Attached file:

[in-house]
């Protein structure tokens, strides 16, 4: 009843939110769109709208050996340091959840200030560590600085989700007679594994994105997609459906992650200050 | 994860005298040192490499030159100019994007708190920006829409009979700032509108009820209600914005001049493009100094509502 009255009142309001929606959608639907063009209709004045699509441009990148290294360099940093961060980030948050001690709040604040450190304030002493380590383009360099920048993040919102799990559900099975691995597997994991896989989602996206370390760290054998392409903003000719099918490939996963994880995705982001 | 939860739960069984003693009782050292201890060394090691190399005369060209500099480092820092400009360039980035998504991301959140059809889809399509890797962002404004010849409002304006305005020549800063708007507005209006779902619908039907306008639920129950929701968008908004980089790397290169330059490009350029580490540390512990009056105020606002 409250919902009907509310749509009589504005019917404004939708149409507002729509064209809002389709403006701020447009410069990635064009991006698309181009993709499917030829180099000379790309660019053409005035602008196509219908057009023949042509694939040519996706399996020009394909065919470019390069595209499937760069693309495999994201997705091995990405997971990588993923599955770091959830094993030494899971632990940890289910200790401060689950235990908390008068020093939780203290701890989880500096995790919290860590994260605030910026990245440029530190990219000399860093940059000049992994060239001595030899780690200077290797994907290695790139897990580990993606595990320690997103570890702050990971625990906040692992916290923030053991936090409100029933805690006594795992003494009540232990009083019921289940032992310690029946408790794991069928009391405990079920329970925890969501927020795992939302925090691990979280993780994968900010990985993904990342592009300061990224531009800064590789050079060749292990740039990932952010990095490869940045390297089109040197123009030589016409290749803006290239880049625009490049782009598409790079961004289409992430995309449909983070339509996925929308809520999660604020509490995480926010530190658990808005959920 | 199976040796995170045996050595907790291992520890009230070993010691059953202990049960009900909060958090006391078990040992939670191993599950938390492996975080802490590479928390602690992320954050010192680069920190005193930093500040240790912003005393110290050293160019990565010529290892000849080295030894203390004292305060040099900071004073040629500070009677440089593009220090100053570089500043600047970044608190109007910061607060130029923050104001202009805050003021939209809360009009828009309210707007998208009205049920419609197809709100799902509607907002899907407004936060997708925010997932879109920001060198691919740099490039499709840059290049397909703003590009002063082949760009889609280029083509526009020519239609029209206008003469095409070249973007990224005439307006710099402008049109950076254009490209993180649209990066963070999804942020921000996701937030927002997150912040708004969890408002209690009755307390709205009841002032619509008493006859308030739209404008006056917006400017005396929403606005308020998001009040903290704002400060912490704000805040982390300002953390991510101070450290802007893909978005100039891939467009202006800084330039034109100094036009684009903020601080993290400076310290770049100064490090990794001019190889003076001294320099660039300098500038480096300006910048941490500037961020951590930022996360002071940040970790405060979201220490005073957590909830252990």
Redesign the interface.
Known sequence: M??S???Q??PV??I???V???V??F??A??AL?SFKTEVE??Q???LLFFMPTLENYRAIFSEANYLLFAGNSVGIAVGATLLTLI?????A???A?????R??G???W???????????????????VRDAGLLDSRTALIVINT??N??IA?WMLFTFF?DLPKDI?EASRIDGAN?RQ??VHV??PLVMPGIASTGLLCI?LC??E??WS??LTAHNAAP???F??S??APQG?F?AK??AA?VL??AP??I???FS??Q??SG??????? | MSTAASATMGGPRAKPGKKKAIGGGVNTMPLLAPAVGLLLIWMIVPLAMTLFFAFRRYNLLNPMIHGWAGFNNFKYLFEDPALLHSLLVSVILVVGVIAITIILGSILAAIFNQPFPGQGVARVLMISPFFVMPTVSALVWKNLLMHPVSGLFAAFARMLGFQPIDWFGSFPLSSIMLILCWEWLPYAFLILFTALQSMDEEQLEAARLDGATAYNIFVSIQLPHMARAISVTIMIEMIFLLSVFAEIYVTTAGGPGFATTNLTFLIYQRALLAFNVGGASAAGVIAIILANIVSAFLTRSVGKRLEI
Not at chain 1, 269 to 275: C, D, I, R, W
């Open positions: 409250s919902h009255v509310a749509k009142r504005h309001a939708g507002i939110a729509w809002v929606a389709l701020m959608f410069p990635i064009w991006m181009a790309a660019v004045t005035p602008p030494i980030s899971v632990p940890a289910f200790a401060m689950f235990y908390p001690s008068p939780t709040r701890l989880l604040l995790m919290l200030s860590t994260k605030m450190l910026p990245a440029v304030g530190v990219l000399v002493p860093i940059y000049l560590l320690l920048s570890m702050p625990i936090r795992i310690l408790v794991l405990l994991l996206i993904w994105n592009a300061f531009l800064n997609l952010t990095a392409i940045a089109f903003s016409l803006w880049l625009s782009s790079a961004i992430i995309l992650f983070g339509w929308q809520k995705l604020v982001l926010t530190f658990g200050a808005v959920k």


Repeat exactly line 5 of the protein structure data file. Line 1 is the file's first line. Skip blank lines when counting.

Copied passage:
Not at chain 1, 269 to 275: C, D, I, R, W